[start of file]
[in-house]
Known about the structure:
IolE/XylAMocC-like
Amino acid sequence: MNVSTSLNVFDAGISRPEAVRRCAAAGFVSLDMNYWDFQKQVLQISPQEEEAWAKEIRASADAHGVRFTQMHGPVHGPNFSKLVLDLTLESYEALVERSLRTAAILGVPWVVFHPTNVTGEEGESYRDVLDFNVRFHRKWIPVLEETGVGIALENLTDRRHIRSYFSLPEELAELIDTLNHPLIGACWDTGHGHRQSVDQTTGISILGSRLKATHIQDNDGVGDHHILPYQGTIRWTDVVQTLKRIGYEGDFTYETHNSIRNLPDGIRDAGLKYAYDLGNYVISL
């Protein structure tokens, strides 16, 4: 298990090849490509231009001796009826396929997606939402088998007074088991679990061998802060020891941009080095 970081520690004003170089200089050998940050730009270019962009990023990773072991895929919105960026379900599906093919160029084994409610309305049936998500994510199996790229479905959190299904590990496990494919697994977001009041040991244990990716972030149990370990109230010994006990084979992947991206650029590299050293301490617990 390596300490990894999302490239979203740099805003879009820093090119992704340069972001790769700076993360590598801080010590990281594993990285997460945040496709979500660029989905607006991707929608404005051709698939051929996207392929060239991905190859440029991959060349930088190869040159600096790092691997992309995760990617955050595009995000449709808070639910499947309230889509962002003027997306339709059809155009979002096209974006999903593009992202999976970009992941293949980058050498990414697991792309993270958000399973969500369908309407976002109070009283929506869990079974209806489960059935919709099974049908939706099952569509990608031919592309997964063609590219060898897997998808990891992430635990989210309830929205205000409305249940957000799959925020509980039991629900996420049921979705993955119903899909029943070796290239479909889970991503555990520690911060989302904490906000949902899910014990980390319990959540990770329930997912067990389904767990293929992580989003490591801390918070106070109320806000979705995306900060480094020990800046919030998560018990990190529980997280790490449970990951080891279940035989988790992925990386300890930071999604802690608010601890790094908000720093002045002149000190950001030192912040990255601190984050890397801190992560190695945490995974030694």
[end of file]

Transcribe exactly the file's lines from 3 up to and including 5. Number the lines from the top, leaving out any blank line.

IolE/XylAMocC-like
Amino acid sequence: MNVSTSLNVFDAGISRPEAVRRCAAAGFVSLDMNYWDFQKQVLQISPQEEEAWAKEIRASADAHGVRFTQMHGPVHGPNFSKLVLDLTLESYEALVERSLRTAAILGVPWVVFHPTNVTGEEGESYRDVLDFNVRFHRKWIPVLEETGVGIALENLTDRRHIRSYFSLPEELAELIDTLNHPLIGACWDTGHGHRQSVDQTTGISILGSRLKATHIQDNDGVGDHHILPYQGTIRWTDVVQTLKRIGYEGDFTYETHNSIRNLPDGIRDAGLKYAYDLGNYVISL
């Protein structure tokens, strides 16, 4: 298990090849490509231009001796009826396929997606939402088998007074088991679990061998802060020891941009080095 970081520690004003170089200089050998940050730009270019962009990023990773072991895929919105960026379900599906093919160029084994409610309305049936998500994510199996790229479905959190299904590990496990494919697994977001009041040991244990990716972030149990370990109230010994006990084979992947991206650029590299050293301490617990 390596300490990894999302490239979203740099805003879009820093090119992704340069972001790769700076993360590598801080010590990281594993990285997460945040496709979500660029989905607006991707929608404005051709698939051929996207392929060239991905190859440029991959060349930088190869040159600096790092691997992309995760990617955050595009995000449709808070639910499947309230889509962002003027997306339709059809155009979002096209974006999903593009992202999976970009992941293949980058050498990414697991792309993270958000399973969500369908309407976002109070009283929506869990079974209806489960059935919709099974049908939706099952569509990608031919592309997964063609590219060898897997998808990891992430635990989210309830929205205000409305249940957000799959925020509980039991629900996420049921979705993955119903899909029943070796290239479909889970991503555990520690911060989302904490906000949902899910014990980390319990959540990770329930997912067990389904767990293929992580989003490591801390918070106070109320806000979705995306900060480094020990800046919030998560018990990190529980997280790490449970990951080891279940035989988790992925990386300890930071999604802690608010601890790094908000720093002045002149000190950001030192912040990255601190984050890397801190992560190695945490995974030694």